AC/DC Highway To Hell Album Review

AC/DC's breakthrough album reviewed

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Highway To Hell (1979)

Highway To Hell was the band’s big breakthrough, their first million-seller. And, sadly, the last record that Bon Scott ever made.

Highway To Hell was a triumph rescued from the jaws of disaster, an album with so much commercial expectation riding upon it that Atlantic Records originally attempted to bully the band into covering The Spencer Davis Group’s 1966 hit Gimme Some Lovin’ in a desperate bid for chart action. Mindful that the pressure was on, Malcolm Young (and the group’s new hot-shot manager Peter Mensch) fired original producer Eddie Kramer, hired in Robert ‘Mutt’ Lange, and forced his band to knuckle down for three month’s solid graft in the studio. The result was the most polished, professional and powerful album of the quintet’s career…and subsequently their first million-selling disc in America.

Mutt Lange’s genius was to translate all the blood, sweat and tears squeezed out of his charges in London’s Roundhouse Studio into an album that sounds effortless, care-free and spontaneous. AC/DC never lacked balls, energy or thuggish aggression, but on Highway To Hell their swinging punches were delivered with precision and poise, impacting with heart-stopping force. The devil, as ever with Lange, is in the details here. The lairy gang vocals on the chorus of Walk All Over You (close your eyes and tell me you can’t instantly see Malcolm Young shuffling forward towards his mic stand as you read those words). Those economical, brutally effective guitar stabs on the verses of Touch Too Much. The breath-robbing full-tilt climax of If You Want Blood. The unstoppable, rolling momentum of Girls Got Rhythm.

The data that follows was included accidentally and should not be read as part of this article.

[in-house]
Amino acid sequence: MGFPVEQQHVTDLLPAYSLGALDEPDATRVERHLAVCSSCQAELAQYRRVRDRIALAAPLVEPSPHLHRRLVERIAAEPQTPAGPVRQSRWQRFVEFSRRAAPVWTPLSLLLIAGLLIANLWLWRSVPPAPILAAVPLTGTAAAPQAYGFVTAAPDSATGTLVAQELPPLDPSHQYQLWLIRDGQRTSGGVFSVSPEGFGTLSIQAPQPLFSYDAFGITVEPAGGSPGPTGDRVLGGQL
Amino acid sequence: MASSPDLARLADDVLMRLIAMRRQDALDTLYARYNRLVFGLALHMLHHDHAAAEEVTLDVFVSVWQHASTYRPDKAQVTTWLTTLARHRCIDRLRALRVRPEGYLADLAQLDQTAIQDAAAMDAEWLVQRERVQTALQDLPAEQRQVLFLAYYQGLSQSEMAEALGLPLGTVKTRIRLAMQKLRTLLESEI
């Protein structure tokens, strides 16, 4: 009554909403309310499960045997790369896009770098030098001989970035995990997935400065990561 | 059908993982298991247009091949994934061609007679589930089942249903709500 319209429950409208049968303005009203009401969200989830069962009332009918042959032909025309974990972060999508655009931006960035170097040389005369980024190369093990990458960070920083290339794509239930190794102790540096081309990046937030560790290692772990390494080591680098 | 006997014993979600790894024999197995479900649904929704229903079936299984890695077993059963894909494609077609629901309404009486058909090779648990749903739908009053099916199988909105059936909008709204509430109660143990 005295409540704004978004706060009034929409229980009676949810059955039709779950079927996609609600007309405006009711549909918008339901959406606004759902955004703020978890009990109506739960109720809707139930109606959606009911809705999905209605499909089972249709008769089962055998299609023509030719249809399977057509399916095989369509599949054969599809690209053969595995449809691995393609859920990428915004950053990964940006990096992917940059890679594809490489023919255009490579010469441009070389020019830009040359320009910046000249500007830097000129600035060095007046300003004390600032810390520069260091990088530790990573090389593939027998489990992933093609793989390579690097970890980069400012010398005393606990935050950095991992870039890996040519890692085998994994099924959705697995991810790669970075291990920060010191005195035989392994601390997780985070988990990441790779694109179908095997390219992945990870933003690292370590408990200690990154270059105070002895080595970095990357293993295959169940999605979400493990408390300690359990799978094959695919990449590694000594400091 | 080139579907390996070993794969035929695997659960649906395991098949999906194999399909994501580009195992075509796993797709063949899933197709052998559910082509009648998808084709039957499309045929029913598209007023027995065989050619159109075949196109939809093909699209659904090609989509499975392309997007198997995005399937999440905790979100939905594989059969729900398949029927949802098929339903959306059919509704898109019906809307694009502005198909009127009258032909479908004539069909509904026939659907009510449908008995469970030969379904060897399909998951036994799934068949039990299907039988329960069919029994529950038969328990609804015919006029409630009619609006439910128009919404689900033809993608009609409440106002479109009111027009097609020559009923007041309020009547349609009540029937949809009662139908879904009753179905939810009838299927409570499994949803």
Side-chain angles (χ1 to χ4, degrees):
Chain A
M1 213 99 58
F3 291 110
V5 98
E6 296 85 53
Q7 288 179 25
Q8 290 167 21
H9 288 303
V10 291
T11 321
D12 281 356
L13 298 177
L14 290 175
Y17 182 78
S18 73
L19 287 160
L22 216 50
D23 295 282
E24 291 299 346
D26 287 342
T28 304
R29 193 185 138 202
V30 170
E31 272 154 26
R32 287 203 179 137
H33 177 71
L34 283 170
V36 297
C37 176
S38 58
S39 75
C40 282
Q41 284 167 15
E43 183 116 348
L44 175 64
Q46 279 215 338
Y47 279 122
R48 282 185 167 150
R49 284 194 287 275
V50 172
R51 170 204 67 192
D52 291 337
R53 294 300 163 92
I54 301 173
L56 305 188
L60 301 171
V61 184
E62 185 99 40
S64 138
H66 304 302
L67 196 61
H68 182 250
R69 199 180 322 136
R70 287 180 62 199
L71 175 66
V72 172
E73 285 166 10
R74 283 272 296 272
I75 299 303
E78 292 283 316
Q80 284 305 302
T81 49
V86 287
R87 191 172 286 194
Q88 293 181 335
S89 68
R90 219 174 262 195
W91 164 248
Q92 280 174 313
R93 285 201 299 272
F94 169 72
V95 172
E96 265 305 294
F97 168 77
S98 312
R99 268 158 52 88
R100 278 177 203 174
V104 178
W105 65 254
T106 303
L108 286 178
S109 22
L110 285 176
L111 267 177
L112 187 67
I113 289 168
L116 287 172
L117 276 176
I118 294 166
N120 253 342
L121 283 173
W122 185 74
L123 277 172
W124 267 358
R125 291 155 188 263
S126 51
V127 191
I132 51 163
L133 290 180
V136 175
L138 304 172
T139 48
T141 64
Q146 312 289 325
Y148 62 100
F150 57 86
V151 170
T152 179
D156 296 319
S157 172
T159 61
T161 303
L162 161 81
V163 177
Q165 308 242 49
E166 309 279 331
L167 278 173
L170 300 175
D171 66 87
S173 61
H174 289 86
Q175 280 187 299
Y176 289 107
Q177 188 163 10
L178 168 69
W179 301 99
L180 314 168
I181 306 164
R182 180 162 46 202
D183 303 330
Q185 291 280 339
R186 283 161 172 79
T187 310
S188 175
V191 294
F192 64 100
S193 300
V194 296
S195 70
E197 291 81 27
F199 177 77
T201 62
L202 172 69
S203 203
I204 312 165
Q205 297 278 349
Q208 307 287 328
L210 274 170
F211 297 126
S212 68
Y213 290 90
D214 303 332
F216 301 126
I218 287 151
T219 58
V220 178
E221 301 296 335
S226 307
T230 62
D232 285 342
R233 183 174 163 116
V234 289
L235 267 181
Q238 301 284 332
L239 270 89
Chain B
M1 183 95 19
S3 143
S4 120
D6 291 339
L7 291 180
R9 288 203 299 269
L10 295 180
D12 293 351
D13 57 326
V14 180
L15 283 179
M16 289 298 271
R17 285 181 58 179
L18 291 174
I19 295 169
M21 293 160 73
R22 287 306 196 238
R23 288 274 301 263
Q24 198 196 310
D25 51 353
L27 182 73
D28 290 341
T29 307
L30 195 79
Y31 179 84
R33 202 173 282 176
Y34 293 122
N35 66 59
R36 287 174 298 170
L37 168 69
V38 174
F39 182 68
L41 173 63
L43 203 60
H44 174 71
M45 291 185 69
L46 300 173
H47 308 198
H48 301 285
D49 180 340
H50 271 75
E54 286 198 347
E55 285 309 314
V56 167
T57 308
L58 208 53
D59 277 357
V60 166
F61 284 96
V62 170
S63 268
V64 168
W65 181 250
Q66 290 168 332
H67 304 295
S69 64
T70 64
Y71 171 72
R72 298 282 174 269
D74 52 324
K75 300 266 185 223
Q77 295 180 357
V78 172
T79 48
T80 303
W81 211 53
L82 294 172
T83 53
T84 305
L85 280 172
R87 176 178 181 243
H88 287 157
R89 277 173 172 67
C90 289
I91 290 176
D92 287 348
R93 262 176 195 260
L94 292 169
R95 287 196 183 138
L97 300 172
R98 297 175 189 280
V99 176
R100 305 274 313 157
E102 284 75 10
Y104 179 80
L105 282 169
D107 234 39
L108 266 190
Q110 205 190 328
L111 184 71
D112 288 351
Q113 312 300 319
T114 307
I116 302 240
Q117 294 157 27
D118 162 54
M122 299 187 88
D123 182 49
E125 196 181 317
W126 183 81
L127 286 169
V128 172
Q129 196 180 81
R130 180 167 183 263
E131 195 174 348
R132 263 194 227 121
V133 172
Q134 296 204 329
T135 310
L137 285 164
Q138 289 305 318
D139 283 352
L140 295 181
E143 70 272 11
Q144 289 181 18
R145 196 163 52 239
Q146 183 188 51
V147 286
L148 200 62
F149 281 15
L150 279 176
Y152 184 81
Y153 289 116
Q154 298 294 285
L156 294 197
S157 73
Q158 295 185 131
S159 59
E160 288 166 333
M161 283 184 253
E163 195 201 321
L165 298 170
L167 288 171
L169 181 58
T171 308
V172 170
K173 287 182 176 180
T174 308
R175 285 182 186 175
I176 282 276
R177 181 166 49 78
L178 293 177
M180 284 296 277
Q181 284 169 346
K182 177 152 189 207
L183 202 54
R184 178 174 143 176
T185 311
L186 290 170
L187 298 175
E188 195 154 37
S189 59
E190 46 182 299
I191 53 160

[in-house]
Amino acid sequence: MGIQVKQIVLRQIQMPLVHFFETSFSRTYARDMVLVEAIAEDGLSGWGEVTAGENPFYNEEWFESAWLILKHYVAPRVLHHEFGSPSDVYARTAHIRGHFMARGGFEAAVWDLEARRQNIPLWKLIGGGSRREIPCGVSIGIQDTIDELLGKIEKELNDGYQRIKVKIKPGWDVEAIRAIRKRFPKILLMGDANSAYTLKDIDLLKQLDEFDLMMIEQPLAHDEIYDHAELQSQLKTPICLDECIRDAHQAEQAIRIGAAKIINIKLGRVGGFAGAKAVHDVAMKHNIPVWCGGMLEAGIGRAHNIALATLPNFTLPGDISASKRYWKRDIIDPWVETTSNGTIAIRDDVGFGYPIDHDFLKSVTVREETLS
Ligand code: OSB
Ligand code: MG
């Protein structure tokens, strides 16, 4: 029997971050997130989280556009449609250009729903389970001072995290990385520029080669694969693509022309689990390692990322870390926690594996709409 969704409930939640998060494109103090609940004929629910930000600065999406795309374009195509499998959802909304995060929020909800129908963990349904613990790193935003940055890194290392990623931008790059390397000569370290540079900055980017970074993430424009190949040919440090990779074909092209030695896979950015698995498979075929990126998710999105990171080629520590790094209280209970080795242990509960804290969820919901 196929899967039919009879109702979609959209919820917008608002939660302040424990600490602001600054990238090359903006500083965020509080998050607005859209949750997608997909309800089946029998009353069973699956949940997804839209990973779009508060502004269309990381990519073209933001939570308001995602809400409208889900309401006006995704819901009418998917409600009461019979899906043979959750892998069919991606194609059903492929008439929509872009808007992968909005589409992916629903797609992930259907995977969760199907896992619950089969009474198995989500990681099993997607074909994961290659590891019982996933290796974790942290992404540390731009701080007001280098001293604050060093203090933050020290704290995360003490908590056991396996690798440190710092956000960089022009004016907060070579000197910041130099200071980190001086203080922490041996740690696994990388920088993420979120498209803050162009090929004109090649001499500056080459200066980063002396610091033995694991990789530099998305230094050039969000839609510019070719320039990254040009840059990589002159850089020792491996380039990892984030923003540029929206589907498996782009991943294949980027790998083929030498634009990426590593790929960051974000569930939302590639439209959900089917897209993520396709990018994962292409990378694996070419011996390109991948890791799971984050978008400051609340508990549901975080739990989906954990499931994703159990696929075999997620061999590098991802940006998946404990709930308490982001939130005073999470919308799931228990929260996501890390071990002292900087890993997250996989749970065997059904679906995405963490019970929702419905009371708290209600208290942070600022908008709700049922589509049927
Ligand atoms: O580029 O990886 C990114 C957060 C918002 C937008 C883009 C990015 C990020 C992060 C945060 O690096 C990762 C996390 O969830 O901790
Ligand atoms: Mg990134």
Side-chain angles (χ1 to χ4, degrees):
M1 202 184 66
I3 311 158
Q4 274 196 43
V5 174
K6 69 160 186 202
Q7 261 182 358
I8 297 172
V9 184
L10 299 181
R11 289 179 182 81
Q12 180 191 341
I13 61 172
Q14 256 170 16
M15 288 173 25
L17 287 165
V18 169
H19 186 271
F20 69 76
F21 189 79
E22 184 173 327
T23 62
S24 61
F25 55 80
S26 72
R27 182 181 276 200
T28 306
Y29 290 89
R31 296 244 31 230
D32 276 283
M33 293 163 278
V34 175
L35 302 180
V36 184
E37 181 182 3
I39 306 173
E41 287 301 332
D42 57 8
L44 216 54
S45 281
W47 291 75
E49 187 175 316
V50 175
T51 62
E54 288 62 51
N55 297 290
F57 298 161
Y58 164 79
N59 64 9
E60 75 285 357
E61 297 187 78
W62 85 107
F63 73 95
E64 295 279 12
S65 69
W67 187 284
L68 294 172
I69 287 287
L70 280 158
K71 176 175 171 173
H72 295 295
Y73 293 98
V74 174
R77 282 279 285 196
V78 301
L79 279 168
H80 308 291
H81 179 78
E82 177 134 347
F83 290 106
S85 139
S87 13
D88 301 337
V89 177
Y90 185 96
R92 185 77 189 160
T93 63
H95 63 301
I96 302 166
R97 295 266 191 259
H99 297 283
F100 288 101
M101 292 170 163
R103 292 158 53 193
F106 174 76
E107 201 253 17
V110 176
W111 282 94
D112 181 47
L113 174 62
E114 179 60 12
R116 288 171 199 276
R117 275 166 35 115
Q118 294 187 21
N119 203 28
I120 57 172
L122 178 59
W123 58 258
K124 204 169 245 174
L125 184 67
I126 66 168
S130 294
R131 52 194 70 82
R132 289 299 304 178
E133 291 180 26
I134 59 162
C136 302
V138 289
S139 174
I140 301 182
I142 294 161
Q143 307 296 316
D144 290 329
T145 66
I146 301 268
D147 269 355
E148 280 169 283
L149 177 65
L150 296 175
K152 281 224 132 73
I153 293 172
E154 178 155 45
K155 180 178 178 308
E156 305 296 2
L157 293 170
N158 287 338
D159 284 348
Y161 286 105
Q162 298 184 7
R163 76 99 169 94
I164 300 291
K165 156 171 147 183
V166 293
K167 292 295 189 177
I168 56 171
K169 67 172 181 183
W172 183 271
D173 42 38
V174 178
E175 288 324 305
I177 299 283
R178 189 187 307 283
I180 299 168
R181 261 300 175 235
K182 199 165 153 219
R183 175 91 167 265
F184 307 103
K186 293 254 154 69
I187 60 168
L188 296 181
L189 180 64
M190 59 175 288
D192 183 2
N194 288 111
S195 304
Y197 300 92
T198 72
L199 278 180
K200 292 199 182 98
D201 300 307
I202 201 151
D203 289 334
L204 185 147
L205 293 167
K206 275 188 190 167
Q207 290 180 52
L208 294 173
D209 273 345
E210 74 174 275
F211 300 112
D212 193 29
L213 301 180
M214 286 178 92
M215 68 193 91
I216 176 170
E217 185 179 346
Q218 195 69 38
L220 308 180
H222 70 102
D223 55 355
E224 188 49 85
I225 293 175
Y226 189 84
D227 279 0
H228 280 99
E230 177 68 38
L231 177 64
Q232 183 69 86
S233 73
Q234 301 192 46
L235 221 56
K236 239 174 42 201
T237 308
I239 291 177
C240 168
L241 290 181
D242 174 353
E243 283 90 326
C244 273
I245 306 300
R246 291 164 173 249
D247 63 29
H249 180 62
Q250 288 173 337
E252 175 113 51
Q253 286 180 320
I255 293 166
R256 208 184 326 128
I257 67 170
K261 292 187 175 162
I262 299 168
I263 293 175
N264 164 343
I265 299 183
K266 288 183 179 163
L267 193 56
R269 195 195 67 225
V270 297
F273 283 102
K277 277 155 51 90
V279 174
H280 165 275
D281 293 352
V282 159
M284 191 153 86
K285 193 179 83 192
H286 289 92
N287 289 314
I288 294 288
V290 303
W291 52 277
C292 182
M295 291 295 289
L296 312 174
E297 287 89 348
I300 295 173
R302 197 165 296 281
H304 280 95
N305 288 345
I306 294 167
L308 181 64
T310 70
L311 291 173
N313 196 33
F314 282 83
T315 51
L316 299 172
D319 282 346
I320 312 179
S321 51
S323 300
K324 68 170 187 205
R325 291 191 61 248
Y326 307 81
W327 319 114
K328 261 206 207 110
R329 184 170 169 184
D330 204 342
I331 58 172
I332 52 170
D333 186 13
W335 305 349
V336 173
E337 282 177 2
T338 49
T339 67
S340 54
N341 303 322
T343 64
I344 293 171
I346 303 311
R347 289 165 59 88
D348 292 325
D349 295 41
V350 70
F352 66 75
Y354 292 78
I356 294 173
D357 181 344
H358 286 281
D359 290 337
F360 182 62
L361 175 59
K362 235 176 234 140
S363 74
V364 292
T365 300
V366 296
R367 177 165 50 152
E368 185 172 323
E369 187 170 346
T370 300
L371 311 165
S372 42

Bon, throughout, is at his most commanding, compelling and irresistible, cock o’ the walk in a rough ‘n’ tumble, spit ‘n’ sawdust world where “nobody’s playing Manilow”, rolling with the punches (both Beating Around The Bush and Shot Down In Flames lay out scenarios in which the horn-dog singer’s ego takes a bruising) and always on the sniff for the next adventure, as detailed so memorably on the album’s title track. Classic Rock once described Highway To Hell as “not just AC/DC’s greatest song, [but] the ultimate rock anthem, period” and the song is Bon as he’ll always be remembered – cocksure, rumbustious and ready to take on the world with a gap-toothed grin, come whatever may. It’s the sound of freedom, the sound of the world’s greatest rock ‘n’ roll band at their most feral and fearless. Highway To Hell is Bon Scott and his band at their most gloriously, thrillingly alive.

Shazbot. Nanu nanu.

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